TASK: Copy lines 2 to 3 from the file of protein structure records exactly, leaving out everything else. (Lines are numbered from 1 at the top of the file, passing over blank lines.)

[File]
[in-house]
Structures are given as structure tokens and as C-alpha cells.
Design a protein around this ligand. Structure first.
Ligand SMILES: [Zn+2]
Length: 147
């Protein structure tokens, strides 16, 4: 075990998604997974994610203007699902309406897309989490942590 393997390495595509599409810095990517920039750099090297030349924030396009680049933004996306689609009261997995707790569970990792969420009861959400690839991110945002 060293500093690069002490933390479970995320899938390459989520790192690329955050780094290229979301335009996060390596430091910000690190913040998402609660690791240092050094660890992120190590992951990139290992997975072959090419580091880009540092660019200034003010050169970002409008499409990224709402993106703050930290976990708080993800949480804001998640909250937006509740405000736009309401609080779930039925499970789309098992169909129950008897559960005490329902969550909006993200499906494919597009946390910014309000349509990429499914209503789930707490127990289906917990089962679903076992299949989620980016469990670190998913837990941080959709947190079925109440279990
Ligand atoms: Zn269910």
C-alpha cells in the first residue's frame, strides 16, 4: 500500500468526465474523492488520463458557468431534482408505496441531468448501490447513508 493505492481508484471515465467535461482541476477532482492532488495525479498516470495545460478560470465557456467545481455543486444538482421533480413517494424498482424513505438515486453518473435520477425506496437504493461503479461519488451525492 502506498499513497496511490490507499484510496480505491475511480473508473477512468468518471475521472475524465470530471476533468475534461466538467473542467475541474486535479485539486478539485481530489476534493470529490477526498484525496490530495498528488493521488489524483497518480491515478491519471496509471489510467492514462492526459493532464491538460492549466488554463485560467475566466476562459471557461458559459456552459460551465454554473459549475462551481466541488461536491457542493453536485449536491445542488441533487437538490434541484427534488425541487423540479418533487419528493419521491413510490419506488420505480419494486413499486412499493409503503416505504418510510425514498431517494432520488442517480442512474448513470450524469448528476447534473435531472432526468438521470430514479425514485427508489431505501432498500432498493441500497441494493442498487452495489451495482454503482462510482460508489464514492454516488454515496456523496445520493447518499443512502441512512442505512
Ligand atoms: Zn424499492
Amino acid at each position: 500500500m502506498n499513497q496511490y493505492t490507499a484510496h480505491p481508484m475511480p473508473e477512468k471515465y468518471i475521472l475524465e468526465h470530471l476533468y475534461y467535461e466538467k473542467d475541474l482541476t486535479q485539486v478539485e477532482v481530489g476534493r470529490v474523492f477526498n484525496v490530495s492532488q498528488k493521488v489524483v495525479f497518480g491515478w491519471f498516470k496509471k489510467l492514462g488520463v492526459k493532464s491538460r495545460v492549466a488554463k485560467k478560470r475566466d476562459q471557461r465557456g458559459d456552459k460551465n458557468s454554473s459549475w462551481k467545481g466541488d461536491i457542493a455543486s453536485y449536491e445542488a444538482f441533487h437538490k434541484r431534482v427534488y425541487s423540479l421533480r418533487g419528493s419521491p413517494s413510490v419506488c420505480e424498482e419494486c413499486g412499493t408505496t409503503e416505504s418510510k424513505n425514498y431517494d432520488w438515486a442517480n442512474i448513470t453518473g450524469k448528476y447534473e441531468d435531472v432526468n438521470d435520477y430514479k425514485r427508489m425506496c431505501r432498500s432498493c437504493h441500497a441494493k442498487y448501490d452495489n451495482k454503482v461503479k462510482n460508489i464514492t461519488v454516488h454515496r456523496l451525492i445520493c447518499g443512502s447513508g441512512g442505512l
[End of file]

Structures are given as structure tokens and as C-alpha cells.
Design a protein around this ligand. Structure first.